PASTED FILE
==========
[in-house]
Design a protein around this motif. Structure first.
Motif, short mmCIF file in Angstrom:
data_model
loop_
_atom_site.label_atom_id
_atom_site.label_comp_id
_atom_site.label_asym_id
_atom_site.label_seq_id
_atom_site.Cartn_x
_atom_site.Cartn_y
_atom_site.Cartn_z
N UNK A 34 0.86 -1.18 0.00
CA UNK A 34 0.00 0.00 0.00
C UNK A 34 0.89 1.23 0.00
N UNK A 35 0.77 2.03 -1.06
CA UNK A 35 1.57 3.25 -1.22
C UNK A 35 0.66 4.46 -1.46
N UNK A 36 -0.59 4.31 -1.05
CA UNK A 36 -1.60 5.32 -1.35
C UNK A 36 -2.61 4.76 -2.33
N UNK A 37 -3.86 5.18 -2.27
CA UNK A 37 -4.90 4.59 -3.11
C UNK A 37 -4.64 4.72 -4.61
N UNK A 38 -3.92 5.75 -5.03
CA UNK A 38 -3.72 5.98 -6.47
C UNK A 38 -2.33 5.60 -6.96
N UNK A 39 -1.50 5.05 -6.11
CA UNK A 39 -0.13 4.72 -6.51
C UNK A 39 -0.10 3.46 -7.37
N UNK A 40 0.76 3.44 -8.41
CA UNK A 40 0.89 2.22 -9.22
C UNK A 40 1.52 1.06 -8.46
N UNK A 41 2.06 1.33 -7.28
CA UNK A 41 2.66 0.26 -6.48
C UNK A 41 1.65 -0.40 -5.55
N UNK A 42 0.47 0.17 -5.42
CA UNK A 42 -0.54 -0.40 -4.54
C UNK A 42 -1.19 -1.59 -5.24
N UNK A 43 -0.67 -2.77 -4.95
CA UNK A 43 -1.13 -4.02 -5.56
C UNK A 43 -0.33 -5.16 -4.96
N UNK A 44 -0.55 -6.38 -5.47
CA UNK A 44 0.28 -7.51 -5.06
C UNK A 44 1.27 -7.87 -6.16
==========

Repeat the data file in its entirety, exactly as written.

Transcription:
[in-house]
Design a protein around this motif. Structure first.
Motif, short mmCIF file in Angstrom:
data_model
loop_
_atom_site.label_atom_id
_atom_site.label_comp_id
_atom_site.label_asym_id
_atom_site.label_seq_id
_atom_site.Cartn_x
_atom_site.Cartn_y
_atom_site.Cartn_z
N UNK A 34 0.86 -1.18 0.00
CA UNK A 34 0.00 0.00 0.00
C UNK A 34 0.89 1.23 0.00
N UNK A 35 0.77 2.03 -1.06
CA UNK A 35 1.57 3.25 -1.22
C UNK A 35 0.66 4.46 -1.46
N UNK A 36 -0.59 4.31 -1.05
CA UNK A 36 -1.60 5.32 -1.35
C UNK A 36 -2.61 4.76 -2.33
N UNK A 37 -3.86 5.18 -2.27
CA UNK A 37 -4.90 4.59 -3.11
C UNK A 37 -4.64 4.72 -4.61
N UNK A 38 -3.92 5.75 -5.03
CA UNK A 38 -3.72 5.98 -6.47
C UNK A 38 -2.33 5.60 -6.96
N UNK A 39 -1.50 5.05 -6.11
CA UNK A 39 -0.13 4.72 -6.51
C UNK A 39 -0.10 3.46 -7.37
N UNK A 40 0.76 3.44 -8.41
CA UNK A 40 0.89 2.22 -9.22
C UNK A 40 1.52 1.06 -8.46
N UNK A 41 2.06 1.33 -7.28
CA UNK A 41 2.66 0.26 -6.48
C UNK A 41 1.65 -0.40 -5.55
N UNK A 42 0.47 0.17 -5.42
CA UNK A 42 -0.54 -0.40 -4.54
C UNK A 42 -1.19 -1.59 -5.24
N UNK A 43 -0.67 -2.77 -4.95
CA UNK A 43 -1.13 -4.02 -5.56
C UNK A 43 -0.33 -5.16 -4.96
N UNK A 44 -0.55 -6.38 -5.47
CA UNK A 44 0.28 -7.51 -5.06
C UNK A 44 1.27 -7.87 -6.16